Dispute Letter : Definition, Types and Format

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The word dispute has a negative meaning itself. But a dispute letter is written much to counter that negativity. We write a dispute letter to urge the recipient to fix the errors on their part that has happened, in a decent and formal way.

People often face difficulty while writing a dispute letter for this. Because of the negative meaning of the word, they express their anger and frustration while writing this letter. The purpose of writing a dispute may vary depending upon the situation, but the tone should be one and the same.

Definition of a Dispute Letter:

The letter written to dispute or disagree with the errors in your report is called a dispute letter. This letter is also used to inform the other party about the legal actions you may take, or that may be taken against you if the problem isn’t corrected. It can be written by a person or an organization.

In essence, The letter should clearly identify the disputed items in the report. It should also state the facts and explain the reason for the disputed information, and request it to be removed or corrected. A copy of your report can be enclosed with the items in question, circled.

Types of Dispute Letters:

There 2 different kinds of dispute letters. For example:

1. Personal Dispute Letter: Includes:

  1. Dispute Letter to Creditor
  2. Dispute Letter to Landlord

2. Business Dispute Letter. Includes:

  1. Dispute Letter to Credit Bureau
  2. Dispute Letter to Bank
  3. Dispute Letter to Collection Agency
  4. Payment Dispute Letter
  5. Settlement of Dispute Letter

 Since it varies with context, there are different formats of writing a dispute letter. Let’s see the most common ones.

Format of a Dispute Letter:

Dispute Letter on Payment:

  1. Start with your details and the date.
  2. Insert the name of the recipient and his contact details.
  3. Then write down the subject and after a formal salutation, proceed to the body.
  4. When writing the body of the letter, it is important to include the required information clearly. The event of the payment, the reason, the time of return, the rate of interest if any, etc. are information you should use on your favor to dispute the problem. Give solid reasons and mention them in bullet points.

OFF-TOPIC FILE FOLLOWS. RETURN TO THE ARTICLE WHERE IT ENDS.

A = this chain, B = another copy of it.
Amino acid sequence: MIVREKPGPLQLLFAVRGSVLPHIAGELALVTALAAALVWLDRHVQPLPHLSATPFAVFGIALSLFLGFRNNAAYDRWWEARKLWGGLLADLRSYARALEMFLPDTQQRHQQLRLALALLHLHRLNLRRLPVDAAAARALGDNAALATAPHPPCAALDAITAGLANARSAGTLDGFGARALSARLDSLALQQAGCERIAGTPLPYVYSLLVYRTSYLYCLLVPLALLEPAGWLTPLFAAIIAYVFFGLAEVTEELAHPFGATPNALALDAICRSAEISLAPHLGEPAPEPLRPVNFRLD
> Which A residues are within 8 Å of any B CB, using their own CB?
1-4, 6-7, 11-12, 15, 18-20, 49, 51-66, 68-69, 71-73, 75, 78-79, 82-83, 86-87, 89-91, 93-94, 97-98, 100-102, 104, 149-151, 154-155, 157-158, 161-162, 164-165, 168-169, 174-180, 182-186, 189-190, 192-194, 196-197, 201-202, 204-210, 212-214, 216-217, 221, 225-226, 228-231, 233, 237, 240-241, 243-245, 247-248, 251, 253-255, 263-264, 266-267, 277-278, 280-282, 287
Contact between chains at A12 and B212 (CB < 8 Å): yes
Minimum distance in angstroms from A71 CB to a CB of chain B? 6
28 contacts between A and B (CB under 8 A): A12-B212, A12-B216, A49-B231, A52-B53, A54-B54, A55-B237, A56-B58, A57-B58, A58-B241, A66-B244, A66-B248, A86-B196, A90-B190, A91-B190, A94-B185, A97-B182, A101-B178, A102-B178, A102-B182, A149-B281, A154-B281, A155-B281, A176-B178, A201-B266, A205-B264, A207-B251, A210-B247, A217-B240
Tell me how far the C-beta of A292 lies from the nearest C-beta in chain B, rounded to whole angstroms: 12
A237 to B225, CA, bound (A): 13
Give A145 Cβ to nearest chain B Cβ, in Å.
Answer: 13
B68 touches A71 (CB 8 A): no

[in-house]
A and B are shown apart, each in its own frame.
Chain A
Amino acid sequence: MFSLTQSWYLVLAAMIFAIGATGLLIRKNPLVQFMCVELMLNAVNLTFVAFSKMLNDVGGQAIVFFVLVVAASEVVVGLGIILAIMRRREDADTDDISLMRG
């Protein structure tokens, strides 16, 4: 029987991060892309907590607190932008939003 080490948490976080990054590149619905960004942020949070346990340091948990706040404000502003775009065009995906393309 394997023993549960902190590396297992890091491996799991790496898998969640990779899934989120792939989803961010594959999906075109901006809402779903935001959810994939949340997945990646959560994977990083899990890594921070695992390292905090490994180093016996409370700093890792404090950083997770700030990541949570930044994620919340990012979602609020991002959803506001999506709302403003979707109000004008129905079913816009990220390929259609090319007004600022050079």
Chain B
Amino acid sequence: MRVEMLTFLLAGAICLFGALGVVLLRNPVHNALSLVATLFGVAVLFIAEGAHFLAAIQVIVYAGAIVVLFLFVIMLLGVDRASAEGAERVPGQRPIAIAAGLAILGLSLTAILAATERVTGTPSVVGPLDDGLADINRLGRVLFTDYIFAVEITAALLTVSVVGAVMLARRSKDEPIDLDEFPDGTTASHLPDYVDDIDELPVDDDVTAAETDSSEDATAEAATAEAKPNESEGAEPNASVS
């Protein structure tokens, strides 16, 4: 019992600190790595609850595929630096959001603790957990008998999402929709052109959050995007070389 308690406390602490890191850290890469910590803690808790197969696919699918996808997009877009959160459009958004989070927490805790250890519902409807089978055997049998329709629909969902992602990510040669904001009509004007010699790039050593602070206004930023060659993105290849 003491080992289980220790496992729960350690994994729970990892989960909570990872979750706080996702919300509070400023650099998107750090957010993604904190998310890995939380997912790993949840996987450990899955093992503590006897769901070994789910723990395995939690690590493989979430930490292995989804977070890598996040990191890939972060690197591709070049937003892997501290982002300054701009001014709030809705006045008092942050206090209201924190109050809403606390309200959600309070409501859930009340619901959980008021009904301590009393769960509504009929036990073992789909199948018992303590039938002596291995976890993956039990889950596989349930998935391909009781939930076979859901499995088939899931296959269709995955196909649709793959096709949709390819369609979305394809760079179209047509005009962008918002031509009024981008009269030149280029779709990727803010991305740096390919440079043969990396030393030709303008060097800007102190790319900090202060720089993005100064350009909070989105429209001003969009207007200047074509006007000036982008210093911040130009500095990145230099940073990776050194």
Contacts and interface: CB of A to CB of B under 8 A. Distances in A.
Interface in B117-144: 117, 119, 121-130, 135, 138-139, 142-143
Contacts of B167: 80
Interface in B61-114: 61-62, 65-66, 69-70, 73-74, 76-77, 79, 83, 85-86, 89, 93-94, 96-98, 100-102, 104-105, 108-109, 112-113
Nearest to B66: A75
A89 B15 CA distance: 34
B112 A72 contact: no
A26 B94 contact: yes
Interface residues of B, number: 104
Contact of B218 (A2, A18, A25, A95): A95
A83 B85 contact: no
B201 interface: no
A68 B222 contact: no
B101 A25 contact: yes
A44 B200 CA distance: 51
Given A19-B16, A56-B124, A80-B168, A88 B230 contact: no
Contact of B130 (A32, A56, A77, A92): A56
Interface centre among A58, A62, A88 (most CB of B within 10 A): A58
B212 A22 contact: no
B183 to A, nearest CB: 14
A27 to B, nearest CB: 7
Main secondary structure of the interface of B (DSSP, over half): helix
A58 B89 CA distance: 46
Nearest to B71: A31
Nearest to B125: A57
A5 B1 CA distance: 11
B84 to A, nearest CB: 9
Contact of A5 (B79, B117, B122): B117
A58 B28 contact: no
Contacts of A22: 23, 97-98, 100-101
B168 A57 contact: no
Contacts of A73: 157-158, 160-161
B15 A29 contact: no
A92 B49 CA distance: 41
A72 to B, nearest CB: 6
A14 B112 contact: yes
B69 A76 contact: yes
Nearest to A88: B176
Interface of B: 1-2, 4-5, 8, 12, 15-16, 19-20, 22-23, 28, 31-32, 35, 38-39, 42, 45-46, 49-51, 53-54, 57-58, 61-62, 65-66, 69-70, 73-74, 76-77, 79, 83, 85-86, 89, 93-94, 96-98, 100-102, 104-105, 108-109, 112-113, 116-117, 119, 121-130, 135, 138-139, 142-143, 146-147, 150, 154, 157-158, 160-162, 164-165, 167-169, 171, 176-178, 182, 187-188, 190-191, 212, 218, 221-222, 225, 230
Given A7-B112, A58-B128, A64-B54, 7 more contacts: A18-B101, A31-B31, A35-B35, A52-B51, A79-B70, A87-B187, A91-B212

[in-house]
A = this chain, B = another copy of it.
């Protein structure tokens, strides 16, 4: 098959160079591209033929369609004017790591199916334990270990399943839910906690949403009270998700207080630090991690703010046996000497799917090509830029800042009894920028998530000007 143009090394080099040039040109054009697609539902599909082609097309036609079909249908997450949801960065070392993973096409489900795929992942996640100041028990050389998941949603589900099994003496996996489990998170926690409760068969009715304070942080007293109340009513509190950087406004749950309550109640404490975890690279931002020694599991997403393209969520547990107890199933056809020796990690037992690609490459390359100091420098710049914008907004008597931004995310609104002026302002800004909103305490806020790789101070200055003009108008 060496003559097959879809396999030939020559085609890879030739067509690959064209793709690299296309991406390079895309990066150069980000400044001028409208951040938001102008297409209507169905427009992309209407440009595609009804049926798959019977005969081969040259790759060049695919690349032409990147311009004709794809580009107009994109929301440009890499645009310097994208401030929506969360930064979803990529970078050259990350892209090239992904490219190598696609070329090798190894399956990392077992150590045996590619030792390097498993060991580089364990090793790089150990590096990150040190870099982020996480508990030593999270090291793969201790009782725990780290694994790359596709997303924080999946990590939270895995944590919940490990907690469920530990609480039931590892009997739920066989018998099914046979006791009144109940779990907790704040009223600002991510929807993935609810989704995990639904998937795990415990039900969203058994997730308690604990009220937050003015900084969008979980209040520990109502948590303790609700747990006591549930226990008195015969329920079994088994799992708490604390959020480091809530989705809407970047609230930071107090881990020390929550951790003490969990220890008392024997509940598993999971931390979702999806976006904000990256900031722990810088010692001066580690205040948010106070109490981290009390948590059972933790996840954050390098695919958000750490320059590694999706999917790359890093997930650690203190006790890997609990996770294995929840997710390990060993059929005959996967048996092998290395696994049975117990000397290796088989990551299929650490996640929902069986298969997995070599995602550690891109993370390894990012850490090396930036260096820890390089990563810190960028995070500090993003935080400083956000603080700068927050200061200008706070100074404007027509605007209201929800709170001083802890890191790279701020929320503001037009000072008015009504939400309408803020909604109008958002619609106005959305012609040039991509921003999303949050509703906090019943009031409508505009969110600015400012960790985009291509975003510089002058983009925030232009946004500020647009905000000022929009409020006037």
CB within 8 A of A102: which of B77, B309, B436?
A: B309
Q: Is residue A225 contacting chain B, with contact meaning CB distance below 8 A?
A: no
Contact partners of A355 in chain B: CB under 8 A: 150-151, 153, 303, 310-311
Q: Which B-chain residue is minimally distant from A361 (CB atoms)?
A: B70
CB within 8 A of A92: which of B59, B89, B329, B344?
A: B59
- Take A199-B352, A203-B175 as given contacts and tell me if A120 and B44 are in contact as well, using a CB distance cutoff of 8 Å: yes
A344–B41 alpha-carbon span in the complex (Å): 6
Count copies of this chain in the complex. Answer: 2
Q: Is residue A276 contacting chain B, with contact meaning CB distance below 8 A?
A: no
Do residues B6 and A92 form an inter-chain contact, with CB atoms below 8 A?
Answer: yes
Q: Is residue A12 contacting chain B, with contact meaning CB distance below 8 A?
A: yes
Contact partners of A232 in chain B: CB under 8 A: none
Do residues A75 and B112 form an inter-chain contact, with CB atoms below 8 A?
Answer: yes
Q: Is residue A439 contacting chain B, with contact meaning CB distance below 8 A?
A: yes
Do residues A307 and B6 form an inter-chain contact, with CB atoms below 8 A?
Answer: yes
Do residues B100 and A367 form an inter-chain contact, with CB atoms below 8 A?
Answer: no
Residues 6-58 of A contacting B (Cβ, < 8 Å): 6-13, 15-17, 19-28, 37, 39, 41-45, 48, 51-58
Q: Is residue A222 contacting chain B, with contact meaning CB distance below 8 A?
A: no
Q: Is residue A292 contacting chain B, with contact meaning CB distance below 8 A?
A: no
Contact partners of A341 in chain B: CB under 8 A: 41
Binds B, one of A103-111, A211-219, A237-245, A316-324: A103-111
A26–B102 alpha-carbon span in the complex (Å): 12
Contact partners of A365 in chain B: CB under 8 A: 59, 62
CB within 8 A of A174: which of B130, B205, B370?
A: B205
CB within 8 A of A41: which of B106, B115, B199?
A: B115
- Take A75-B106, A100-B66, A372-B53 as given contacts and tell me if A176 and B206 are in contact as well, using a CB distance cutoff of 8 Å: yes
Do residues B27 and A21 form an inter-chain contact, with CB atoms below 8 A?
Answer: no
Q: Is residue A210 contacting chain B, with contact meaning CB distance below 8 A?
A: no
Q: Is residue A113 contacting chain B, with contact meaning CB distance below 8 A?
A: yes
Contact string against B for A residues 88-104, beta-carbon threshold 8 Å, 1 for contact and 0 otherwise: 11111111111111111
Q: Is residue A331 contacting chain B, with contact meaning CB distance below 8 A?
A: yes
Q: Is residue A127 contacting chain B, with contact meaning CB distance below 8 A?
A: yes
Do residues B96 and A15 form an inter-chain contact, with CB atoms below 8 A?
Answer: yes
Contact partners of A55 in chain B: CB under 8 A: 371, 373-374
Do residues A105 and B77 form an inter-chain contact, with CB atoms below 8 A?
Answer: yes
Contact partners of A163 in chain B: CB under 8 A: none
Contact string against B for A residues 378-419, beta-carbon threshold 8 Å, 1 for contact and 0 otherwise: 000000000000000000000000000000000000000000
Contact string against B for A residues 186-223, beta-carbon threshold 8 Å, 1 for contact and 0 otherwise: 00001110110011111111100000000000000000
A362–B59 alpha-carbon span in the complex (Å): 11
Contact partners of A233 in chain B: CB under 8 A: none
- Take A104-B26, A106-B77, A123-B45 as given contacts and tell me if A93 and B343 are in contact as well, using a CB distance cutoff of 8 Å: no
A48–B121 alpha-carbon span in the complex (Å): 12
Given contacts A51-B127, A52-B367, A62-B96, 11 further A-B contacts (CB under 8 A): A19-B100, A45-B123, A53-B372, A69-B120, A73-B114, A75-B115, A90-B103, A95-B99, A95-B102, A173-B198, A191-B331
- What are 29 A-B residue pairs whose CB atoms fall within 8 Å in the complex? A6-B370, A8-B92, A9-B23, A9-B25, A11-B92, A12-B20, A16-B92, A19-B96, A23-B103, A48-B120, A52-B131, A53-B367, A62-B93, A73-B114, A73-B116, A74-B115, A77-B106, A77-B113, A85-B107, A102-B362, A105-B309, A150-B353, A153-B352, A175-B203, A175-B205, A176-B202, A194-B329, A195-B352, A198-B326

5. Conclude the letter professionally and don’t forget to sign the letter.

Credit Dispute Letter:

Such a Dispute Letter is common, but it will be discussed in details in credit letters.

Debt collection Dispute letter:

This should be sent within 30 days from the date you first receive a debt collection letter. Then, the debt collector should stop all collection activities until it verifies the debt.

  1. Before writing this, remember to send the letter by certified mail that you can be confirmed when the agency receives it.
  2. Insert your name and street address then zip code and other details.
  3. Then mention the certified mail return receipt number.
  4. Next, insert the collection agency’s name and address
  5. After a fitting salutation, explain why you are disputing them. Mention the details of relevant information with dates and numbers and correct the amount of debt or the time of payment.
  6. Conclude in good tone expecting cooperation. Don’t forget to sign at the end of the letter.
  7. You may attach copies of the document that supports your dispute.

Tips to Follow:

  1. The main information or the reason can be written in bold letters.
  2. Keep one copy of the letter with yourself for future use.
  3. Follow the rules of formal letter writing. Use write size and quality of the paper. The envelope should match the color of the paper. You should make use of white paper while writing this kind of formal letter. Bright color papers don’t give a professional look.
  4. If there is no letterhead, then you should write the name and address of the company on top of the paper. If the dispute letter is on a personal note, then write your name and address on top of the letter.
  5. If this is not your first dispute letter, then provide the reference number of your last dispute letter.

 

 

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